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Dake Chen
and
Xiaojun Yuan

Abstract

A linear Markov model has been developed to simulated and predict the short-term climate change in the Antarctic, with particular emphasis on sea ice variability. Seven atmospheric variables along with sea ice were chosen to define the state of the Antarctic climate, and the multivariate empirical orthogonal functions of these variables were used as the building blocks of the model. The predictive skill of the model was evaluated in a cross-validated fashion, and a series of sensitivity experiments was carried out. In both hindcast and forecast experiments, the model showed considerable skill in predicting the anomalous Antarctic sea ice concentration up to 1 yr in advance, especially in austral winter and in the Antarctic dipole regions. The success of the model is attributed to the domination of the Antarctic climate variability by a few distinctive modes in the coupled air–sea–ice system and to the model's ability to detect these modes. This model is presently being used for the experimental seasonal forecasting of Antarctic sea ice, and a current prediction example is presented.

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Tao Lian
and
Dake Chen

Abstract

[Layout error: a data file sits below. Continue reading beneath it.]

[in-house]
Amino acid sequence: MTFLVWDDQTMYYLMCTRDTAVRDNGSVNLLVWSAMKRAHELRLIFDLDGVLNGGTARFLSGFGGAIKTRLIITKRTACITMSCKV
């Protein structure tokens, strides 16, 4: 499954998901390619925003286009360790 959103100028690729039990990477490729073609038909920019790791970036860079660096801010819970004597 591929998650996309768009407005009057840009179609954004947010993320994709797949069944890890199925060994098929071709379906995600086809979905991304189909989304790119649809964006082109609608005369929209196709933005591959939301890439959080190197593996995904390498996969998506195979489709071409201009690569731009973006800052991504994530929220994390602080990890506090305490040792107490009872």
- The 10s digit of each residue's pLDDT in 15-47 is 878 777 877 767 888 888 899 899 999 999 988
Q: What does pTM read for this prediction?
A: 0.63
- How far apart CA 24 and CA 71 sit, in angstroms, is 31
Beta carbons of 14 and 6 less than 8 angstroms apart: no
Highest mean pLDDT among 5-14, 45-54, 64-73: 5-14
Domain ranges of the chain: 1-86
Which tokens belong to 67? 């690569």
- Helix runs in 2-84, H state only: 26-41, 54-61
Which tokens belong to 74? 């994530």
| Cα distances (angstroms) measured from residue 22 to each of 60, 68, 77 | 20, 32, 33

As an effective eigen method for phenomenon identification and space reduction, empirical orthogonal function (EOF) analysis is widely used in climate research. However, because of its orthorgonality constraint, EOF analysis has a tendency to produce unphysical modes. Previous studies have shown that the drawbacks of EOF analysis could be partly alleviated by rotated EOF (REOF) analysis, but such studies are always based on specific cases. This paper provides a thorough statistical evaluation of REOF analysis by comparing its ability with that of EOF analysis in reproducing a large number of randomly selected stationary modes of variability. The synthetic experiments indicate that REOF analysis is overwhelmingly a better choice in terms of accuracy and effectiveness, especially for picking up localized patterns. When applied to the tropical Pacific sea surface temperature variability, REOF and EOF analyses show obvious discrepancies, with the former making much better physical sense. This challenges the validity of the so-called sea surface temperature cooling mode and the spatial structure of “El Niño Modoki,” both of which are recently identified by EOF analysis. At any rate, one has to be cautious when claiming new discoveries of climate modes based on EOF analysis alone.